Starting the garden

My new garden!

I’m having a new garden again! This is the third garden in my gardening career but it is the first one in Portugal. I’ve been a member of the community garden for two weeks and in this period I’ve already made some works on my plot. Here goes the photo of a piece of land which is available for my gardening experiments.

Empty plot

I was lucky that I didn’t get an empty plot. I could start to harvest New Zealand Spinach right away. You don’t know this plant? Neither did I. It’s a perennial kind of spinach which has a bit rougher leaves than the usual one. I suggest eating just leaves and not the stem.

Plants

New Zealand spinach, green pepper and taro.

There is also a tiny green pepper beside the spinach and taro. Yap, I have taro as well and I still have no idea about this plant. The only thing I know is that it’s a tuber native to South India and Southeast Asia and it needs a lot of water.

Plan - September

This the current plan of my garden, which will probably be changing with the time.

Covering the plot

Covering the plot

Covering the soil was the first thing to do when starting the garden. In my case I covered my new beds with fern, mostly because it is one of the rare plants with abundant green leaves at the moment. The calendar autumn has officially started but here there is no sign of rain and the sun is still beating down. When having a garden there is one important thing to remember: the soil in the garden should NEVER be exposed. If you have an empty bed it is convenient to cover it with mulch and it’s even better if you grow some green manure crops.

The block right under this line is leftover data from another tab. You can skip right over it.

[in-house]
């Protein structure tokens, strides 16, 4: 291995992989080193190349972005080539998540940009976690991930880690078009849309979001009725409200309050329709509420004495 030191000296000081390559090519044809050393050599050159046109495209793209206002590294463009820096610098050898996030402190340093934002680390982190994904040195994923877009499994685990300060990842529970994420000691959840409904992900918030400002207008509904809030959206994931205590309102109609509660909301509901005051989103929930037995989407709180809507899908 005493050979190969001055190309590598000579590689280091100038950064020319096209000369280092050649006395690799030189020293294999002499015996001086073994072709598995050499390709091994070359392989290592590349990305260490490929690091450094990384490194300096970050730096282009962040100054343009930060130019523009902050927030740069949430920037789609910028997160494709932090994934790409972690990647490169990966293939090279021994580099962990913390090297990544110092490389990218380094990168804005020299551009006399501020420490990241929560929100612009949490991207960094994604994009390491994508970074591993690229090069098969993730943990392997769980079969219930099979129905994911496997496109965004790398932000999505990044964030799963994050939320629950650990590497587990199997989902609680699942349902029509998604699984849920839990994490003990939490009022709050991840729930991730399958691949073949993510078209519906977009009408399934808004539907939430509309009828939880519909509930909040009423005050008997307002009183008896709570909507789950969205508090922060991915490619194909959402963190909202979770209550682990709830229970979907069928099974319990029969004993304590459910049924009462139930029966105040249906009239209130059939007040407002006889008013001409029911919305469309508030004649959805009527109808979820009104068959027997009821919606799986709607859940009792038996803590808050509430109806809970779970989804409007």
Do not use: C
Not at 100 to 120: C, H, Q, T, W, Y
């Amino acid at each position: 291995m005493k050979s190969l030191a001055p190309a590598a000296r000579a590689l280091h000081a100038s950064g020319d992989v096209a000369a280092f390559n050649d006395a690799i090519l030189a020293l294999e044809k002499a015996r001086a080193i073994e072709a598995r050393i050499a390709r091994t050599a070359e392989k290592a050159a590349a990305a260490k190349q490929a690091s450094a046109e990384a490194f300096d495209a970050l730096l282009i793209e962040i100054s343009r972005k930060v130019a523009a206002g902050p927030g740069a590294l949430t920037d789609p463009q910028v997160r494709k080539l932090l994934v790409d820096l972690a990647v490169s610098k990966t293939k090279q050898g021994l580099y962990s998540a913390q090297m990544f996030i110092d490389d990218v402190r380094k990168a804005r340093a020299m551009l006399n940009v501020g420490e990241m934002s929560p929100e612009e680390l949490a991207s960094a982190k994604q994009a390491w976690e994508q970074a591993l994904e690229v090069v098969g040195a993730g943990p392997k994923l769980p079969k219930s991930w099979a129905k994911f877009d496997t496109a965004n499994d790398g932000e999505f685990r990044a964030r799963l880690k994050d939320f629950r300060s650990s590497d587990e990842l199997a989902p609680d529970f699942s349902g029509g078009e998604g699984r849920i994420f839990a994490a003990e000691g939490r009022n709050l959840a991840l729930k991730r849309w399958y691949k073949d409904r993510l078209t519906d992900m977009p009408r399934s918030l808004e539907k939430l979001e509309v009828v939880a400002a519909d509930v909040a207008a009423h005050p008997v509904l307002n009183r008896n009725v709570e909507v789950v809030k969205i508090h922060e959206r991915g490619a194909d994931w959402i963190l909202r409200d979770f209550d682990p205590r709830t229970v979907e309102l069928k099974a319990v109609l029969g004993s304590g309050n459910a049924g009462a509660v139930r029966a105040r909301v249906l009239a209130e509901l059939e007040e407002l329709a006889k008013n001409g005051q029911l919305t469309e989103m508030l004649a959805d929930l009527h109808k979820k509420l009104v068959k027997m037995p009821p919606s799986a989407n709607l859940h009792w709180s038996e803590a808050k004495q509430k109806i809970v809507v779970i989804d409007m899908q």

New shape of the garden

The garden started getting the shape. I have planted first vegetables and protected them from the sun. At the local market in Covilhã I have bought some cabbage and two varieties of lettuce. This was actually all I could get there. I planted cabbage and lettuce together as they are good companions and right for interplanting.

Lettuce

The low growing salad provides a kind of mulch around the cabbage and protects the soil from evaporation. Besides, this combination protects the cabbage from different plagues. I still have a lot of space between the plants and I will have to fill it up in the future.

Herbs in the garden

This week we have visited the market in Fundão and our shopping was quite successful.  I planted some herbs between the cabbages. In the middle of the bed there is Thymus serpyllum, much extended species of thyme, with common names wild thyme, creeping thyme, or materina dušica in Slovenian. In Portuguese it’s named serpão and it is the queen of the herbs according to a lady at the market.

Lemon thyme

On every edge of the bed I’ve put the Lemon thyme. In ecological garden it is always convenient to have a lot of aromatic plants which chase the plagues away with their intensive smell.

Onion is planted

In a very special corner there is the onion growing, because it has many bad companions in the garden. The legumes and cabbage are two big groups that are better off without onion. In my case I hope the lettuce and herbs will serve as a barrier and soften a little the possible negative interaction between the cabbage and the onion.

Some useful links:

http://www.harvesttotable.com/2009/03/how_to_grow_new_zealand_spinac

http://www.harvesttotable.com/2010/03/taro/

http://en.wikipedia.org/wiki/Thymus_serpyllum

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